Product Labels Must Be Simple And Legal

  1. Product labels

Marketing today has never been so diverse, so complex and so far-reaching. You can communicate with your customers in so many ways. But when it comes to product labels, the overriding principle remains the same. It’s the KISS principle. Keep it simple, stupid.

The obvious starting point is to have a top quality product in the first place and then to design a product label which is simple and effective. Assuming that the quality of the goods you produce is top class, what you then need to develop is a memorable, and easy to recognise product label which also presents the true facts about your product.

One of the problems with the product label which is too busy, which has too much information and which goes for way out and exotic colours and shapes, is that it is not eye-catching. Contrary to what you would expect, it is lost in the maze of information laden products and containers laid out on the shelves.

The best designers will tell you that simplicity is always preferable to being too busy. If you can describe your company or your product in a single word or better still, a single image, so much the better. The best designers will work with the producer and get to the core of what it is they are trying to market. Then, with this vital information on hand, the designer will come up with a variety of possibilities all of which aim to grab the attention of the potential customer.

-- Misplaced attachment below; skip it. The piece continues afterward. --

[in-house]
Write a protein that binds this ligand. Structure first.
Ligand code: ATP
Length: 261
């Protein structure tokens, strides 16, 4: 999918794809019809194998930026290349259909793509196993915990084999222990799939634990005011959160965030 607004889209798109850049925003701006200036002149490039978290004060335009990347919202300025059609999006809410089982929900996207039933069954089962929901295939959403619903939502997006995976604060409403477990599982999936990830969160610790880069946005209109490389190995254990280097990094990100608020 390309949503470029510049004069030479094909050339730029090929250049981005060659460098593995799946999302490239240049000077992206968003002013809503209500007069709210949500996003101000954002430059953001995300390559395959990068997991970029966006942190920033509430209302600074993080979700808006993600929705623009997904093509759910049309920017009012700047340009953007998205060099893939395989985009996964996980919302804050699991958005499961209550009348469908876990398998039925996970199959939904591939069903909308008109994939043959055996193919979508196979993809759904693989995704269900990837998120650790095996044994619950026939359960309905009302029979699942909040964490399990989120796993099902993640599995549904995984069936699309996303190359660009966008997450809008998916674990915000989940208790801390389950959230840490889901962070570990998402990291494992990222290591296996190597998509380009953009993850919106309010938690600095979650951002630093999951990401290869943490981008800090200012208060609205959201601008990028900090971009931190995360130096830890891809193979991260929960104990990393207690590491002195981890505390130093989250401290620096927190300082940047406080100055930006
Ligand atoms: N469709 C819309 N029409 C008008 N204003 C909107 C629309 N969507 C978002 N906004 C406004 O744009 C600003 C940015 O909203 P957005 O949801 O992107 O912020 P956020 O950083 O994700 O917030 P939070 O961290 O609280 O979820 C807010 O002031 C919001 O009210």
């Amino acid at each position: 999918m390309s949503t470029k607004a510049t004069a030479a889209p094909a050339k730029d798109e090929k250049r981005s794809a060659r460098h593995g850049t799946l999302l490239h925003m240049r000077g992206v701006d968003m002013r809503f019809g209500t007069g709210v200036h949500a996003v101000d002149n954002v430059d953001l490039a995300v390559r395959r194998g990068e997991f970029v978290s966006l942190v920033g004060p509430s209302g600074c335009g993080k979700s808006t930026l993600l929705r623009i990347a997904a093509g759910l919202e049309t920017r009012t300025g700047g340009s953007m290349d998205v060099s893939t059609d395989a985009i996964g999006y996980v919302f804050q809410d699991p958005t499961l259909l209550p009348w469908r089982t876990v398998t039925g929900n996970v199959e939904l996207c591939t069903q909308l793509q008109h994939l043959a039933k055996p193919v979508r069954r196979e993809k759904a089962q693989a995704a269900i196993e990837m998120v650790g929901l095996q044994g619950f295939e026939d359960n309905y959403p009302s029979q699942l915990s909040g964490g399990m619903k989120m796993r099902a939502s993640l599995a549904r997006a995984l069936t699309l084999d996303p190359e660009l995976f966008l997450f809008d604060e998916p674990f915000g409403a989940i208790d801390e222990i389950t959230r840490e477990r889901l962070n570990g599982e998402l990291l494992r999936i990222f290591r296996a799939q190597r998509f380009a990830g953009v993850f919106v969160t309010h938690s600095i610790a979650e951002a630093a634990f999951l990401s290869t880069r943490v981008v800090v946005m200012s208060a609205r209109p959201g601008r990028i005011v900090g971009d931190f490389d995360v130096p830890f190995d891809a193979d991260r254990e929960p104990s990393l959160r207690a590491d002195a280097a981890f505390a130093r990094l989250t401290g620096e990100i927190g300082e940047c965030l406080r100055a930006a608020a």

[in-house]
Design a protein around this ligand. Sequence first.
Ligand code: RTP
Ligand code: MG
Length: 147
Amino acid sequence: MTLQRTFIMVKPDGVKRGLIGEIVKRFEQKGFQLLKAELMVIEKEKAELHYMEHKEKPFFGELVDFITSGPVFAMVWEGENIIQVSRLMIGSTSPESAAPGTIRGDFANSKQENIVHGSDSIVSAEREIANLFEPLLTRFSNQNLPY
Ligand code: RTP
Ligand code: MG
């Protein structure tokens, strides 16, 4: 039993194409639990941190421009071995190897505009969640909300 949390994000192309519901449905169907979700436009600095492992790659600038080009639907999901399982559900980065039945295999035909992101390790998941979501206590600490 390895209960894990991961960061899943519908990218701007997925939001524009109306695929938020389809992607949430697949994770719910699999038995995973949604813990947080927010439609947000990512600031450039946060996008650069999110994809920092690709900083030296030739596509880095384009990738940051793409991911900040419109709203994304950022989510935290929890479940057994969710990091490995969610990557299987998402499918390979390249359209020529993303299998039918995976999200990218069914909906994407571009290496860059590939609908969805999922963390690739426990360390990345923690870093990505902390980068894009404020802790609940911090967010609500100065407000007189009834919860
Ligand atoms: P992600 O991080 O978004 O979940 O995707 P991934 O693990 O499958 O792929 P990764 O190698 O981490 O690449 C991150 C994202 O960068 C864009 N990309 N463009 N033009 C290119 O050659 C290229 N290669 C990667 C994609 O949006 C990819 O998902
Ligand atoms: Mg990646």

How do these product labels do that? By being simple. By being direct. By conveying the meaning in as few words as possible. And, of course, it’s like a rolling snowball – it gathers speed and momentum as it moves downhill. Once you establish a simple but effective product label design, it builds its own momentum. Consumers recognise it easily and quickly. Success breeds success. Sales increase because of the ease of finding your product.

Whatever else you do with the design and printing of your product label, keep it simple.

The second consideration is that you must design your labels within the constraints of the law. The following link from the Australian government gives you these guidelines.

http://www.business.gov.au/BusinessTopics/Fairtrading/Pages/Labelling.aspx

Here is a quick five point summary of what you need to do to comply with the law when designing your product labels.

  1. You must not provide false, misleading or deceptive conduct to consumers as explained in detail in the Competition and Consumer Act 2010.
  2. Mandatory consumer information as outlined in this act must also be provided.
  3. You must abide by industry specific regulations such as the Food Standards Code.
  4. If you sell chemicals or plastics, then you must abide by Department of Industry’s¬†Chemicals Industry Business Checklist.
  5. If your products are imported, then you must not make misleading claims about where the products have come from. The Australian Competition and Consumer
    Commission has a webpage that explains exactly how your country of origin labelling needs to be done.

In summary, by all means keep your product labels as simple as possible but not to the extent that you overlook important legal requirements as set down by the federal government in terms of product labelling. Next week, I will look into these labelling laws in more detail.

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